‘It’s about timing, and maintaining the composer’s idea.’
I felt it was important to ask critical questions of the interviewees such as: what is success to you, how did you get started, what are your approaches when working with difficult people, and how do you specifically interface and collaborate with each of these other four key players?
As I dove into the research, interviewing and writing, there was an interest in things rarely discussed in the industry: the work/life balance, the challenges of a career in the arts, the impact of intense work followed by the inbetween periods of no gigs, are the impact of all of this on family, and the meaningfulness of one’s work.
One of the things about the process was coming back to my personal experience of moving to Los Angeles and struggling as a composer with a young family. We were challenged by my dream and reality of breaking into a Hollywood career. My wife Katherine took on the burden of being the breadwinner in a demanding vocation. Money and time were tight. As a stay-at-home dad, I juggled pursuing building relationships in the industry and finding any opportunity for work. Despite the stressors, we made it work, but how did others?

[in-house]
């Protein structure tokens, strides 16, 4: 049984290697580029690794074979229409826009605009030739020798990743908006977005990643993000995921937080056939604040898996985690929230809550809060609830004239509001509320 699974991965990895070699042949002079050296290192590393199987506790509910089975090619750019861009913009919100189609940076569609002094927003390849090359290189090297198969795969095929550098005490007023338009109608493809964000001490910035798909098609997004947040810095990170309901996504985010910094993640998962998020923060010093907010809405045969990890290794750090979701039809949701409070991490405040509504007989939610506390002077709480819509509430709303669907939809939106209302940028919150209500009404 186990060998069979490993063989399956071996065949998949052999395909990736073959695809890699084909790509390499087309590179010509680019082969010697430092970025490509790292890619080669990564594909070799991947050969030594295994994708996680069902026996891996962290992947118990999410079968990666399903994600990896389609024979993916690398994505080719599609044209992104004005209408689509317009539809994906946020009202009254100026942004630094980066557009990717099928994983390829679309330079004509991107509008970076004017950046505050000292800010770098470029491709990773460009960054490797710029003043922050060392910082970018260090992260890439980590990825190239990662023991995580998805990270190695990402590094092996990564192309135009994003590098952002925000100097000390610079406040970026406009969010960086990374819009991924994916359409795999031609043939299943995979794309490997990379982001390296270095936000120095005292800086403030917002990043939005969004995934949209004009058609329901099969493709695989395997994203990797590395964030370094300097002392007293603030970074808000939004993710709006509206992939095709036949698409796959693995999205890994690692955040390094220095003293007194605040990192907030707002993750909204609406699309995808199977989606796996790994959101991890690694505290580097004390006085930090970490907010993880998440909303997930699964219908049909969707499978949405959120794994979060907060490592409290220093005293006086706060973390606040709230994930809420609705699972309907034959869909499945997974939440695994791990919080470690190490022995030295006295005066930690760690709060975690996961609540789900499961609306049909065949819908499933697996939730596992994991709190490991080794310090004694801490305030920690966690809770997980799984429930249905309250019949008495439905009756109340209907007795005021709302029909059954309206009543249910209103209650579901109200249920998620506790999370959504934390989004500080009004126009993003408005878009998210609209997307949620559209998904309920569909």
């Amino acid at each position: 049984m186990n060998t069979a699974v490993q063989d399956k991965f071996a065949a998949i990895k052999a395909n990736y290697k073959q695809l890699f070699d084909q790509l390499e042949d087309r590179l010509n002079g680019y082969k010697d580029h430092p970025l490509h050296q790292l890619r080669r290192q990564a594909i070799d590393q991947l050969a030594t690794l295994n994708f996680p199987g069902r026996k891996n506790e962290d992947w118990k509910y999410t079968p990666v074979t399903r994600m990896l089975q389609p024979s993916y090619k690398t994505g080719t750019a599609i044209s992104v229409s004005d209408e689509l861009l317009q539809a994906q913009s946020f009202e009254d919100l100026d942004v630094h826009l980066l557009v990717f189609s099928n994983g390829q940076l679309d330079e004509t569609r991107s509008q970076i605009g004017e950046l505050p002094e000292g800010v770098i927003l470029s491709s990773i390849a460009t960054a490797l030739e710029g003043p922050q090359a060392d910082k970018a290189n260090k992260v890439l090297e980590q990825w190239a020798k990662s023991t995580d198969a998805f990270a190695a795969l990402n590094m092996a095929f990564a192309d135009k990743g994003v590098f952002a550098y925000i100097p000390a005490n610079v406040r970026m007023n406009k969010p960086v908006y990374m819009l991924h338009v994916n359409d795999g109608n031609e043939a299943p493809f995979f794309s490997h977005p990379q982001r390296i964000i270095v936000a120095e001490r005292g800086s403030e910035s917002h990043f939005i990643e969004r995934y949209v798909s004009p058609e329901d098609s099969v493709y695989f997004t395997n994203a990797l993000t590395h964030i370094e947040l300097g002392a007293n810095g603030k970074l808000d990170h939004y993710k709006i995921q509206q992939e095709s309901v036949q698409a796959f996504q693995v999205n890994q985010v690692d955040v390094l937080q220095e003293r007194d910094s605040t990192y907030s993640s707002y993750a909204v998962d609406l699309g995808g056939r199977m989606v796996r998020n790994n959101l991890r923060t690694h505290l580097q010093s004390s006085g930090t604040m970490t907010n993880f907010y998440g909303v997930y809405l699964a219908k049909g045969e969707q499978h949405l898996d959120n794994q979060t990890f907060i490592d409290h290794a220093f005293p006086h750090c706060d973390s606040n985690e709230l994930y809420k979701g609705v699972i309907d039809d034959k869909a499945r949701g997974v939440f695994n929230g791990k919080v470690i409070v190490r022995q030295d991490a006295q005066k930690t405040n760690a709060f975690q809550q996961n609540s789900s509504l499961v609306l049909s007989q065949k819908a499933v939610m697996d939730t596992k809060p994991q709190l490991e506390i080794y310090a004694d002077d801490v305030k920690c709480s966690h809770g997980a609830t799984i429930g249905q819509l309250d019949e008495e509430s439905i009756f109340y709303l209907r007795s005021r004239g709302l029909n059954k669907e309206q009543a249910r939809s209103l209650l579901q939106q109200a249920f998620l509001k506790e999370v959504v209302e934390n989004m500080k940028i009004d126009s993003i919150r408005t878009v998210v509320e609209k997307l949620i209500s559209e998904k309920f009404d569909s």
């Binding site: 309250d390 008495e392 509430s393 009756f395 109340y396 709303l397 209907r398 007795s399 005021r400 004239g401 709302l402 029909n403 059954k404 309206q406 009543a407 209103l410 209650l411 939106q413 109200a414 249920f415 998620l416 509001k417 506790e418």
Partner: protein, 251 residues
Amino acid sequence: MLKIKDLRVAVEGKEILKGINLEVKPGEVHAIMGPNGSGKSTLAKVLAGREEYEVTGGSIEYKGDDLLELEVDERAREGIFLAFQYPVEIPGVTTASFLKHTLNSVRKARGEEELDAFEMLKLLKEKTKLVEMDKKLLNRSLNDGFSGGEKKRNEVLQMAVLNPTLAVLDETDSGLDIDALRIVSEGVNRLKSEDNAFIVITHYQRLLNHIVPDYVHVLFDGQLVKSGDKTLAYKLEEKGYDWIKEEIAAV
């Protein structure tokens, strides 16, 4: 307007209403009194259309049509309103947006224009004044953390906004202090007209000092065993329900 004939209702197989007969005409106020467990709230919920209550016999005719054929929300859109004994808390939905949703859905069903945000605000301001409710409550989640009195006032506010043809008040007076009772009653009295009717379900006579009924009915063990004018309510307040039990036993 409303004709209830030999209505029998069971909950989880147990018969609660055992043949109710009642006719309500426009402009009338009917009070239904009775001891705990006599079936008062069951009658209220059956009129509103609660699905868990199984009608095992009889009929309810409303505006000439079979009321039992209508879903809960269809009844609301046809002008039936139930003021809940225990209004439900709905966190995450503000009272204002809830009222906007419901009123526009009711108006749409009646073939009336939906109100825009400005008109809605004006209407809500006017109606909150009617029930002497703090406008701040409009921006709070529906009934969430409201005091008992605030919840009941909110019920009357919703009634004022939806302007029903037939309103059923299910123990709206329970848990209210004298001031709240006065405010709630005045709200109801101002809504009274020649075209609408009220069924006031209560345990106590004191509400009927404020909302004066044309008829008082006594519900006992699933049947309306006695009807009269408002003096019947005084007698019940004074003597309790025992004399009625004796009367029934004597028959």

Exploring many elements of the work created a whole picture of what it entails professionally and personally to pursue these career paths. It was amazing to hear the many perspectives and insights.
CineMontage: How did you settle on 20 interviews?
Saltzman: I looked at the core roles in music and film, focusing on composers, music editors, music supervisors, and picture editors who I felt are intrinsically involved in the creation of music and the delivery of the music soundtrack through to the final print master. There are many others involved, yet limiting it allowed for in-depth exploration.